Whether or not Giacomo Puccini’s “Turandot” is the last great Italian opera is debatable, but nothing since has come close to its popularity.

Othalie Graham plays the title role in Opera Carolina’s presentation of Puccini’s most sumptuous, sensual and sinister score on Jan. 24, 29 and Feb. 1.

“Turandot” is the tale of a fabled ice princess, daughter of the emperor of China, the most beautiful woman in the land, who poses three riddles to all her suitors, and who beheads all those who fail to answer them.

This continues, to the grim amusement of the populace, until an unknown prince (Calaf) bests her, to her dismay. Confidant that he can win her love, he tells her that he will renounce her if Turandot can discover his name by the break of day, but – though Turandot unleashes the secret police and instruments of torture to pry out his secret – she fails, and at the climax awakens into love.

What amazes is how Puccini elevates this threadbare plot into a heightened reality. The orchestra creates a sulfurous atmosphere with xylophones glittering like snake scales and thunderous gongs.

The voices float Puccini’s lushest melodies; the chorus becomes a living character.

Puccini (1858-1924), who knew he was dying, put the best of himself into it, but the race against time was lost.

Lost, too, was the love duet rivaling that of “Tristan und Isolde” with which he hoped to end the opera. He died at midpoint in Act 3. Toscanini stopped here, in tribute to Puccini when conducting the premiere, despite the conclusion composer Alfano had cobbled together.

Opera Carolina last presented “Turandot” in 2008 and has assembled a starry cast for this production.

Othalie Graham has made herself synonymous with the part of Turandot, with 11 productions with 11 companies. Opera Carolina makes it 12, 13 if one counts a concert in Mexico. Graham is staking her career on the statuesque, oracular soprano roles, such as Isolde. She has the mettle for it, as her Aida last year with Opera Carolina proved.

Dina Kuznetsova, who was a memorable Tatyana in Tchaikovsky’s “Eugen Onegin” with Opera Carolina a few years ago, will play the pivotal role of Liu, the devoted servant girl of Calaf. Kutzenova is another emerging star, who can be counted on to bring insight to her parts.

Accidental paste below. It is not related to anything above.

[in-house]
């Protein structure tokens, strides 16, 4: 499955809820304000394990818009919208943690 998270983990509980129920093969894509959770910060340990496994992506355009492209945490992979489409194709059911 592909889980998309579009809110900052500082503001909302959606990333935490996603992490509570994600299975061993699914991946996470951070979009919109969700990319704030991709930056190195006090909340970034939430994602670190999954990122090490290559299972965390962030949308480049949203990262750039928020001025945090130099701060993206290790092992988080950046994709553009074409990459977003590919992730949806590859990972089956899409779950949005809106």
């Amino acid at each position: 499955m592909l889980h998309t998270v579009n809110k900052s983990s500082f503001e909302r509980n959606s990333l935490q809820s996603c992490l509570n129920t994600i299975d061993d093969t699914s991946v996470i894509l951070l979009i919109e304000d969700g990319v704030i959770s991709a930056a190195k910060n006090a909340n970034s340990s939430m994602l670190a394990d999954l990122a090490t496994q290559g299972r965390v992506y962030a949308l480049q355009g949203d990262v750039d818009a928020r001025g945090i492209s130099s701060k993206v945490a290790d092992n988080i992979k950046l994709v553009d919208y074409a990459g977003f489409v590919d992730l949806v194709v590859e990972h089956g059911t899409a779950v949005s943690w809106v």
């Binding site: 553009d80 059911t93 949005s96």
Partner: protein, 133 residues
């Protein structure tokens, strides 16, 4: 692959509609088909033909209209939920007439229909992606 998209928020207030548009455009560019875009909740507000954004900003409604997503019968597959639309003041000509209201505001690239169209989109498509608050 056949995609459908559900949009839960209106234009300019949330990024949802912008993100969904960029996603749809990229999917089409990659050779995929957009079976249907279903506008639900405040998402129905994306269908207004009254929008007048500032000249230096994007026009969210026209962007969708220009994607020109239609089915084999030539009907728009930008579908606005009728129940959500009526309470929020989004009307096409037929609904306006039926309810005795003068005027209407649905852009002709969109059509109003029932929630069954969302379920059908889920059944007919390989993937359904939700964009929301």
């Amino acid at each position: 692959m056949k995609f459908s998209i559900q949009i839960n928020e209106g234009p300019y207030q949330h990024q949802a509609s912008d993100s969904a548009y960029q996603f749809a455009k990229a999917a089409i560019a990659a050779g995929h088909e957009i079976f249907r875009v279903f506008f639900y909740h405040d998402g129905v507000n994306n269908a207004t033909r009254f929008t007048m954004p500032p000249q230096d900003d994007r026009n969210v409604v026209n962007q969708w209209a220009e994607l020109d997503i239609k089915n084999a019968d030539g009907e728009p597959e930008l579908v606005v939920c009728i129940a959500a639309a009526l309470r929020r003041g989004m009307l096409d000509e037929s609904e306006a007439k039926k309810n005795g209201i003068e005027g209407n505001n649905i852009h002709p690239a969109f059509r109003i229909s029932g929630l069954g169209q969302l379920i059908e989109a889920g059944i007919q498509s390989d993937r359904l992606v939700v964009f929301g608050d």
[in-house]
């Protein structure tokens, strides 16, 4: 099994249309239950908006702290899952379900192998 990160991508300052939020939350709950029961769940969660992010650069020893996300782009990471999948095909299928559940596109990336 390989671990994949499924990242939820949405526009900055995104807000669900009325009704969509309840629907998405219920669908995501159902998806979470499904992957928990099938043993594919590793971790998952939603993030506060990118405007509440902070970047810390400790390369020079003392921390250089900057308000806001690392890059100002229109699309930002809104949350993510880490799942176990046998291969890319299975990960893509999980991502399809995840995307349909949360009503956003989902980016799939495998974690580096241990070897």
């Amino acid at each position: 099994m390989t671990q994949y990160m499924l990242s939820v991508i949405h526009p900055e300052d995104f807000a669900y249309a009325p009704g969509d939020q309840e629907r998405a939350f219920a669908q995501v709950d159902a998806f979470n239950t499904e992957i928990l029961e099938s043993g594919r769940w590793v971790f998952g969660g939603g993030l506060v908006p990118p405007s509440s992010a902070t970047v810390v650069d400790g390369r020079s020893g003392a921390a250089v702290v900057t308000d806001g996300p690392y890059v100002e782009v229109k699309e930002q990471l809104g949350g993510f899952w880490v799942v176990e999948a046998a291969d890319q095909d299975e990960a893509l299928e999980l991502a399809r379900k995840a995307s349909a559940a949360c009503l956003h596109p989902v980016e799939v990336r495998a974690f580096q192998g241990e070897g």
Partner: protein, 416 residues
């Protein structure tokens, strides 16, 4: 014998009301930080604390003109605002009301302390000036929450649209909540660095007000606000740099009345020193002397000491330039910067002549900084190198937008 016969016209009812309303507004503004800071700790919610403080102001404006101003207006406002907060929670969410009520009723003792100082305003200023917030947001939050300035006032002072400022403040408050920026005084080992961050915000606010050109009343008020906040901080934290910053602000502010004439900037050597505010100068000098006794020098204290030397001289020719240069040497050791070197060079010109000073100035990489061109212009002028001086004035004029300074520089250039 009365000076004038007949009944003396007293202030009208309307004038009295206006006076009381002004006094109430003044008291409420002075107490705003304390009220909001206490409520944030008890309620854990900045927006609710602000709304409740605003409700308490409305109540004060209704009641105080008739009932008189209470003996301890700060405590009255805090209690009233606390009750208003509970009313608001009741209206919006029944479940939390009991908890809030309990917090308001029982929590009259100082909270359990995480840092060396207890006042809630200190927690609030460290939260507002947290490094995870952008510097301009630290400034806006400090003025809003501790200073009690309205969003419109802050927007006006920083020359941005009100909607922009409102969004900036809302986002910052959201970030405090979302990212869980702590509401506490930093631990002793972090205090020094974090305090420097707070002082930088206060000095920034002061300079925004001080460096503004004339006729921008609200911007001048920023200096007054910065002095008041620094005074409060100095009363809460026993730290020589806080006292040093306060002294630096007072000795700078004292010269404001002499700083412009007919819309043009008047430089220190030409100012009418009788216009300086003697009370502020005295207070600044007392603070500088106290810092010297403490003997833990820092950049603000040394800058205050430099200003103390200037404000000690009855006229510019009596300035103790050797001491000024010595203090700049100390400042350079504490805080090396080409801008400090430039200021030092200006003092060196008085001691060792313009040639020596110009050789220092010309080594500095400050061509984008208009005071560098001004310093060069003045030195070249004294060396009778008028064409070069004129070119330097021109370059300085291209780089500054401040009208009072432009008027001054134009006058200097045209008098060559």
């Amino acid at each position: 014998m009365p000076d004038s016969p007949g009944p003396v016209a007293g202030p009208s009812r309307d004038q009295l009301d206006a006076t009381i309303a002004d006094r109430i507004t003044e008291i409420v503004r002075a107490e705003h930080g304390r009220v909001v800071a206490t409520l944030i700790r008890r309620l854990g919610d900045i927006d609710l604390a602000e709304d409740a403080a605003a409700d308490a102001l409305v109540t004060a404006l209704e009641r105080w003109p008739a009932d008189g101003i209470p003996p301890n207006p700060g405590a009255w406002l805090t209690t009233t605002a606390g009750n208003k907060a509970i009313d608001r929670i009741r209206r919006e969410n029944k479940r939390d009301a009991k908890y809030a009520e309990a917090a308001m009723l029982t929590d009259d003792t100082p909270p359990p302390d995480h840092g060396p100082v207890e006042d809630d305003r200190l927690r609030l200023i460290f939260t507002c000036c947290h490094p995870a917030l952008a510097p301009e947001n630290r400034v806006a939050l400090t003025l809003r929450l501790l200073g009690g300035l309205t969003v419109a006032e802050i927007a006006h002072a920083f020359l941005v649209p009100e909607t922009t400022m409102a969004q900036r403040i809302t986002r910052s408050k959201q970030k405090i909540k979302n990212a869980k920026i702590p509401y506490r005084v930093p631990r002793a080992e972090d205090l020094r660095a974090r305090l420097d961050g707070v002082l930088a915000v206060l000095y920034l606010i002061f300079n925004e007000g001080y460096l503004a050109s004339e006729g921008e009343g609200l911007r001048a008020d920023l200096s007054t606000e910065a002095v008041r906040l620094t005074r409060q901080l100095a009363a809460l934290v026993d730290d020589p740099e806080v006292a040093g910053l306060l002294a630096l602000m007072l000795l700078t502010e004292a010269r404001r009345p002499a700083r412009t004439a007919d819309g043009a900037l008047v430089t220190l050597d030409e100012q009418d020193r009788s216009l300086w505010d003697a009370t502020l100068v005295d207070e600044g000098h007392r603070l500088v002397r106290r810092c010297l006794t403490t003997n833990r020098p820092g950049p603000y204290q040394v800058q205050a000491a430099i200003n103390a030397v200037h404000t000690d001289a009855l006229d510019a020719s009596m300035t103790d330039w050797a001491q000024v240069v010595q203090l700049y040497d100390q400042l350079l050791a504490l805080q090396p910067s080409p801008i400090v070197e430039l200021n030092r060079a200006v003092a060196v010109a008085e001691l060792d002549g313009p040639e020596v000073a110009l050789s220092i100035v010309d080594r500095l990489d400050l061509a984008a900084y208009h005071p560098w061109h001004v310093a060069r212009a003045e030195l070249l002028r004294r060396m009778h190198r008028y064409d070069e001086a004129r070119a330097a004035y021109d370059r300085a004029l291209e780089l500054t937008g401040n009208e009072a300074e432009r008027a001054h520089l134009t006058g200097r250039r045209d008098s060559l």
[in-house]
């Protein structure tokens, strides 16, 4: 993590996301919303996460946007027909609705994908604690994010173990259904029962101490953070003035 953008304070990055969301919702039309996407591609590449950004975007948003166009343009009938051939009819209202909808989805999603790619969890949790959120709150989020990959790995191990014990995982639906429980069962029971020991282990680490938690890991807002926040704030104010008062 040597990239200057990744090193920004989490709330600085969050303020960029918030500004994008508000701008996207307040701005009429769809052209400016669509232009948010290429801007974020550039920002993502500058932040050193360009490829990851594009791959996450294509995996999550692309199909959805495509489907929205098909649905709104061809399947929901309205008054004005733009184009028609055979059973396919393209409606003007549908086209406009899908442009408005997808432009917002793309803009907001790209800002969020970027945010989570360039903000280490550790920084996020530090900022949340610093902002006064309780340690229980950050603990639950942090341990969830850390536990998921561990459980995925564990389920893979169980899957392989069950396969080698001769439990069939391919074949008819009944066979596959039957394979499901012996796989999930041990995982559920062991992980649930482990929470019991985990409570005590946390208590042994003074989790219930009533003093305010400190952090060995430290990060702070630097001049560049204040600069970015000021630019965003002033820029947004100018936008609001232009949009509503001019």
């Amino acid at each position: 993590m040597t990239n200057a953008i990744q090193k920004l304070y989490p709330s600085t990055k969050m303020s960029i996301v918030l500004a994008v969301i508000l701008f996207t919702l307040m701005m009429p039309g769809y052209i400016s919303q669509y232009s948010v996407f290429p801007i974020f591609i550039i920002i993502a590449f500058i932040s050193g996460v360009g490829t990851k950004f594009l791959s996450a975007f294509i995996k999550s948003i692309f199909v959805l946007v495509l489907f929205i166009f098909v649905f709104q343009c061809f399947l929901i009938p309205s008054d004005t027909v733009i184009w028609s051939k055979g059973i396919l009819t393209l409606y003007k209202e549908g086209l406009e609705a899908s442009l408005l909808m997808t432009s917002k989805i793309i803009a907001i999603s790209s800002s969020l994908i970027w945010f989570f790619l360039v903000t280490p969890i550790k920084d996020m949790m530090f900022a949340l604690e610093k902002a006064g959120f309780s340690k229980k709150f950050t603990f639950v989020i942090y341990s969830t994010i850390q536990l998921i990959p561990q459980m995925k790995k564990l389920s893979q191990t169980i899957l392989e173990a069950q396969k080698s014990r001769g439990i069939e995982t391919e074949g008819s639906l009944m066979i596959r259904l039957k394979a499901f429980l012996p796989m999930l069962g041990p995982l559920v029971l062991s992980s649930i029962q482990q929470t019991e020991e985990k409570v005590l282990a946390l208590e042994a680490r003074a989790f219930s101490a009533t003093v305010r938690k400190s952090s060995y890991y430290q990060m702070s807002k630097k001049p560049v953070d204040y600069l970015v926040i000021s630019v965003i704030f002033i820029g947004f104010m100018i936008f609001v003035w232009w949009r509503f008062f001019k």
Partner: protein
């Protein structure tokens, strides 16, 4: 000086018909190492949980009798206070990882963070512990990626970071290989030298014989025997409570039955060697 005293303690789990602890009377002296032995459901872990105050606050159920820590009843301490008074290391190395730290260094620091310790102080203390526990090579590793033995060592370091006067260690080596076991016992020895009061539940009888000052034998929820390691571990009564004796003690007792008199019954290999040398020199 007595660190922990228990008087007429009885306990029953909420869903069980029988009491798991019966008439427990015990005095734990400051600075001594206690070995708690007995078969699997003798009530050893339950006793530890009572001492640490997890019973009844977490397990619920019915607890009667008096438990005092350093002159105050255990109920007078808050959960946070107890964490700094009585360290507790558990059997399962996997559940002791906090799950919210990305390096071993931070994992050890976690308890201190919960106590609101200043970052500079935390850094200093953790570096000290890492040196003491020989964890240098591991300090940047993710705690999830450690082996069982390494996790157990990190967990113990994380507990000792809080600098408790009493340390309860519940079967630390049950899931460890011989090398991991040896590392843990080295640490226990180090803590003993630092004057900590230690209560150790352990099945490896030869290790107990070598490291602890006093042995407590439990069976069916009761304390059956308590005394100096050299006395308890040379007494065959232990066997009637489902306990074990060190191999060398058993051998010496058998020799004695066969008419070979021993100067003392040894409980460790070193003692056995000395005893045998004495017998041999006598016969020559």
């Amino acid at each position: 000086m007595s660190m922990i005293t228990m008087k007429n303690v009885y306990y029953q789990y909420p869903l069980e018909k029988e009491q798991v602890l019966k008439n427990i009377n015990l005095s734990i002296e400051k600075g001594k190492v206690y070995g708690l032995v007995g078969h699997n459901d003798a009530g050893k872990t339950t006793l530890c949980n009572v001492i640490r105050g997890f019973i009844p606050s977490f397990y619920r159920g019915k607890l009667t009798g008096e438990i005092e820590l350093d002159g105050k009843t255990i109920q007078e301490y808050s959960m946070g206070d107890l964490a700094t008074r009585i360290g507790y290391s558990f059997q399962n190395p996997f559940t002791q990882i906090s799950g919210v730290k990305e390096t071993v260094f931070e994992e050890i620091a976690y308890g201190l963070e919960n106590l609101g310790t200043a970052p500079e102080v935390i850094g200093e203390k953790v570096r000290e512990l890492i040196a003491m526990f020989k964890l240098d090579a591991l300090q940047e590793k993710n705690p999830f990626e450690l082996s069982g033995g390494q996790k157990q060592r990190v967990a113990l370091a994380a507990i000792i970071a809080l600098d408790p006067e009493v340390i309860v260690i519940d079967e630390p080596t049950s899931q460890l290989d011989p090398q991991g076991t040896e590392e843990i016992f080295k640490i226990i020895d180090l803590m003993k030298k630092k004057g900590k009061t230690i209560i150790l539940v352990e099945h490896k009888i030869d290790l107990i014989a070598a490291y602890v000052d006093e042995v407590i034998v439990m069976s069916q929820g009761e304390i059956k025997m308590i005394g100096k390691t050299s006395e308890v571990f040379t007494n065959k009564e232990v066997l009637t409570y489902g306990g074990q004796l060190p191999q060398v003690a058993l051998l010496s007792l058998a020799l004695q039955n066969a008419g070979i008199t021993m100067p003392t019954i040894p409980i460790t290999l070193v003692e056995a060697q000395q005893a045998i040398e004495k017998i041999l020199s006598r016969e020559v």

Carl Tanner is replacing an ailing Marcello Giordani as Calaf. Local operagoers will remember his performance in 2010 in the title role in Verdi’s “Otello.” Tanner made every stage of Otello’s deterioration plausible, from triumph to murderous delusion.

Tanner’s background is unusual for an opera singer – he was a bounty hunter before his operatic career took off. Actor Michael Keaton is developing a film comedy about this chapter of Tanner’s life. The plan is to end it with Calaf’s big aria, “Nessun Dorma,” which makes sense, because Tanner has played Calaf 97 times.

One feels Tanner is only partially kidding when he says, “Puccini should have titled ‘Turandot’ ‘Calaf’ or even ‘Liu’ because those parts are really much more extensive than Turandot’s – she only starts singing in the second act, while the tenor has to hit high B flats and Cs right from the start.”

About the controversial ending, Tanner says, “I don’t think that Alfano was that far off with the ending. It works, and it is what people expect. But I do think that Puccini would have been kinder to the singers.”

Every great work of art has its mystery, and “Turandot” is no exception. The mystery is how a dying man could write such an accolade to the power of love.

“Turandot” seems to demonstrate this power, even if it is unable to explain it.

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